top of page
  • Writer's pictureEd G.

Group By and Sum in Power Automate / Flow

Updated: Dec 20, 2022

I've seen this a few times, where someone will have a list of things inside Power Automate with some duplicates in a key identifier field, but then some number in another field that they'd like to total for use later.

Sample array of items to be grouped and summed.

In the example, the user wanted to group by the various id's and sum the total of hours. I had a few different ideas, but this was one seemed the simplest to work through and communicate.


The Broad Strokes

I put the above sample into an array variable, varSum, so I could work with it in future steps. My overall plan was to list all of the id's (duplicates, too) in a new "helper" array, and then use union() to produce the unique values from that list into a new array. From there, I'll cycle through each unique id and add up all of the hours into a temporary integer variable, and at the end of each run I'll add the unique id and total hours to a final output variable.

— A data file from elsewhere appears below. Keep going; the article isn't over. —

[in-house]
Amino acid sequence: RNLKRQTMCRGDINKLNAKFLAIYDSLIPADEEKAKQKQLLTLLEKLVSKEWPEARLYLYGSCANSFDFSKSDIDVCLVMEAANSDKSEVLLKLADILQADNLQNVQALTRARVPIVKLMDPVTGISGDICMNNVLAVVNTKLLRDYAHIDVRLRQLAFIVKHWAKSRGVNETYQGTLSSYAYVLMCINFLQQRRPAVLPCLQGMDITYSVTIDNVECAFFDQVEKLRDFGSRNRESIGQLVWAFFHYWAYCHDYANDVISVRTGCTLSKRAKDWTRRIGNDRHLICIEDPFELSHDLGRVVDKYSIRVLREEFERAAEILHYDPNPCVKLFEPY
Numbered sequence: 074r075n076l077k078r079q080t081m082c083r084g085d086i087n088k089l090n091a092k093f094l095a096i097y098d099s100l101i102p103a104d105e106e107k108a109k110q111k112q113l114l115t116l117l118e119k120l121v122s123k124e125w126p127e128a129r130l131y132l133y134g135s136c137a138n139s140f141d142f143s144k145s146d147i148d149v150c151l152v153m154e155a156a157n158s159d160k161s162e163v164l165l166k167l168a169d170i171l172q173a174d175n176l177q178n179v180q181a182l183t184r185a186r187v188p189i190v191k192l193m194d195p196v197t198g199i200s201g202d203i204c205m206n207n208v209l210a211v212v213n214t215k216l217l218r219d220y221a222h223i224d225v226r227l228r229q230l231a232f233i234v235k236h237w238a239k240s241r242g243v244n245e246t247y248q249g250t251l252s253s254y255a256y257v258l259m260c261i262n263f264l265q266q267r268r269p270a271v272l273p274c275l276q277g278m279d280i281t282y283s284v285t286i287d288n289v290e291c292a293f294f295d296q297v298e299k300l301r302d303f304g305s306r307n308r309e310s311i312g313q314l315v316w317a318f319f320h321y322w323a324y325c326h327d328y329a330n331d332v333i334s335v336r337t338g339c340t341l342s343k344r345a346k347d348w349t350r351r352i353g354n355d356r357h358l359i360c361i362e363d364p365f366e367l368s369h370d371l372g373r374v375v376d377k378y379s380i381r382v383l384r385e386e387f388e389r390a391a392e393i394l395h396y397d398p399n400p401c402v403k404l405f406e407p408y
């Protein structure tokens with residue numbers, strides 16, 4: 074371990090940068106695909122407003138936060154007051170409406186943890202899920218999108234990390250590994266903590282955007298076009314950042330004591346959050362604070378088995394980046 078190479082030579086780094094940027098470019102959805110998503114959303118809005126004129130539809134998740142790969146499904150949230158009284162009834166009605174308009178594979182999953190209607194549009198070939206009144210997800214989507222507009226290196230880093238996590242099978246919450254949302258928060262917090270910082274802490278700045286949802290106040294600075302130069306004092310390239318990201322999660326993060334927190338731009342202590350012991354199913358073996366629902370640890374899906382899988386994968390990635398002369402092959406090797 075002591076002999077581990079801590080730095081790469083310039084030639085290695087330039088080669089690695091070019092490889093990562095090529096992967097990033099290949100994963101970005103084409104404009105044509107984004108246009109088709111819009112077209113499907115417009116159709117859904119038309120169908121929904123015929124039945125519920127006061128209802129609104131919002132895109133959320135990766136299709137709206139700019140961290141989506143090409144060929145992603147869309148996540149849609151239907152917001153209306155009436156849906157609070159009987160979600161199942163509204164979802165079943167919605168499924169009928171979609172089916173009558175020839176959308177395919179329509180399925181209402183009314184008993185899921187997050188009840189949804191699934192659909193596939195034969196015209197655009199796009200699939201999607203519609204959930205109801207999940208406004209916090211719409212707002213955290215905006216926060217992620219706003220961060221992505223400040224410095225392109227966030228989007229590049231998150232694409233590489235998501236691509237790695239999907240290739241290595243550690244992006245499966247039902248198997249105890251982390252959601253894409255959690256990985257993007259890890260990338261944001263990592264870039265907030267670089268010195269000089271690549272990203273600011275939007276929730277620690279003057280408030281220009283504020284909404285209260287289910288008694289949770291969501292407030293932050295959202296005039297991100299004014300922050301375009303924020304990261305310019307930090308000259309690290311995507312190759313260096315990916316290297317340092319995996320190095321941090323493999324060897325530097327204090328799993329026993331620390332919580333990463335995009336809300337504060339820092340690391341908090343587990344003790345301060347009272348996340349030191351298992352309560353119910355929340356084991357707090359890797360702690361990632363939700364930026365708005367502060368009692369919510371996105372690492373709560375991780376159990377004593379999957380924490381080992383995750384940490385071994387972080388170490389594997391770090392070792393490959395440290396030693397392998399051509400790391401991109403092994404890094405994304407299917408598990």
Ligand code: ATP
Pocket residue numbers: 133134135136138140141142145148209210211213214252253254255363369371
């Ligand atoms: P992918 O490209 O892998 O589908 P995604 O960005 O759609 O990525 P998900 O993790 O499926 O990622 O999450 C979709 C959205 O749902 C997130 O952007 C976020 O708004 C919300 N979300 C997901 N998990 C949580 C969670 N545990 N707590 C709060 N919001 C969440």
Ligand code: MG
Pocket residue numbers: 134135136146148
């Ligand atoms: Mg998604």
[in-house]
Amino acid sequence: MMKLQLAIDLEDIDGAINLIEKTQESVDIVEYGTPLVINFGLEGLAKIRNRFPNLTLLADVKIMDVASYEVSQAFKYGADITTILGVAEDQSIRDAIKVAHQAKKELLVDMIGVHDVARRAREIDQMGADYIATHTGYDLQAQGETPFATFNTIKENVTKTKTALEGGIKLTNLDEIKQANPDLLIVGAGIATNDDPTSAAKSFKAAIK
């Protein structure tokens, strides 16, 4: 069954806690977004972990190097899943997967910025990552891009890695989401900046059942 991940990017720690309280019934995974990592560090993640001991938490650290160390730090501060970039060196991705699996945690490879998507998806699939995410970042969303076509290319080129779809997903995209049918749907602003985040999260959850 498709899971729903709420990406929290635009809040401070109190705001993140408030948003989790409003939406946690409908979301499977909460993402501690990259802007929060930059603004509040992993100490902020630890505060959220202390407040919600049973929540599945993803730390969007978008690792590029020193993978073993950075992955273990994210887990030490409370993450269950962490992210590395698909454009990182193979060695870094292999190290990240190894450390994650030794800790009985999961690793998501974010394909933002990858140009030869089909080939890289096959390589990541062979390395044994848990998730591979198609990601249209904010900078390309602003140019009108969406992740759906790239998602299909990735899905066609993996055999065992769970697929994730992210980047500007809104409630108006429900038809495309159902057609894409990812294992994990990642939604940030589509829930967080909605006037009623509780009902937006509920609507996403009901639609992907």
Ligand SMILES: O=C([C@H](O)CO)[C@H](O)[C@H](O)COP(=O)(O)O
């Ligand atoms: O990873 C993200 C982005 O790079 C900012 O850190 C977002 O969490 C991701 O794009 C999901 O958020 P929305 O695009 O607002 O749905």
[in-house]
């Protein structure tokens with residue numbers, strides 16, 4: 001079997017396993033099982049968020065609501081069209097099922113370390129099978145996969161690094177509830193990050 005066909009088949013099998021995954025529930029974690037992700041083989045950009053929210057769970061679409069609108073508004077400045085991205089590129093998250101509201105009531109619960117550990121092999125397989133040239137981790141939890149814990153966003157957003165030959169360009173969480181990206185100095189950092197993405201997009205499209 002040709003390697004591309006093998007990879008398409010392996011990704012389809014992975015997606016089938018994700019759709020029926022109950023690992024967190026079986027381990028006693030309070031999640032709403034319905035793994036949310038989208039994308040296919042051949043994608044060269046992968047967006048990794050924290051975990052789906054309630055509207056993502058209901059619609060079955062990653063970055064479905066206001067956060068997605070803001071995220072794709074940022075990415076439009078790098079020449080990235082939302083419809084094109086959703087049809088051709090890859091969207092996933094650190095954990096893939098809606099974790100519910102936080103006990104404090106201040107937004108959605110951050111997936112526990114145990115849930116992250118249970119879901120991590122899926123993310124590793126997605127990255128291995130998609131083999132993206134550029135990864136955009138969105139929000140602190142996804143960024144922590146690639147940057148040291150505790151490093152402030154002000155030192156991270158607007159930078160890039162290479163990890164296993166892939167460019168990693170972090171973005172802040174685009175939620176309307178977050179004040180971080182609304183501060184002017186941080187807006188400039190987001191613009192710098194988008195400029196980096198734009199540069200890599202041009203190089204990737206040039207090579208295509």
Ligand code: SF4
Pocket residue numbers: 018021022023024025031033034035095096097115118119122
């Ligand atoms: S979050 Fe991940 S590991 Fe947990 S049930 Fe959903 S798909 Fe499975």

Getting Started - Initializing Variables

The first step is to initialize an array variable, I called mine varIDHelper. The intent here is to put all of the ID's so I can get the unique values later. There might be a better way to do this.

After that, initialize an integer variable and set it to zero, I called this one varIDStep. We'll use this one to step through each unique ID to add up the hours.

Initialize another integer variable (If partial hours are expected, then this should be a Float type). I called this one varTotalTemp. We're going to use this to store the hours as we add them up, but before they are written to the output array.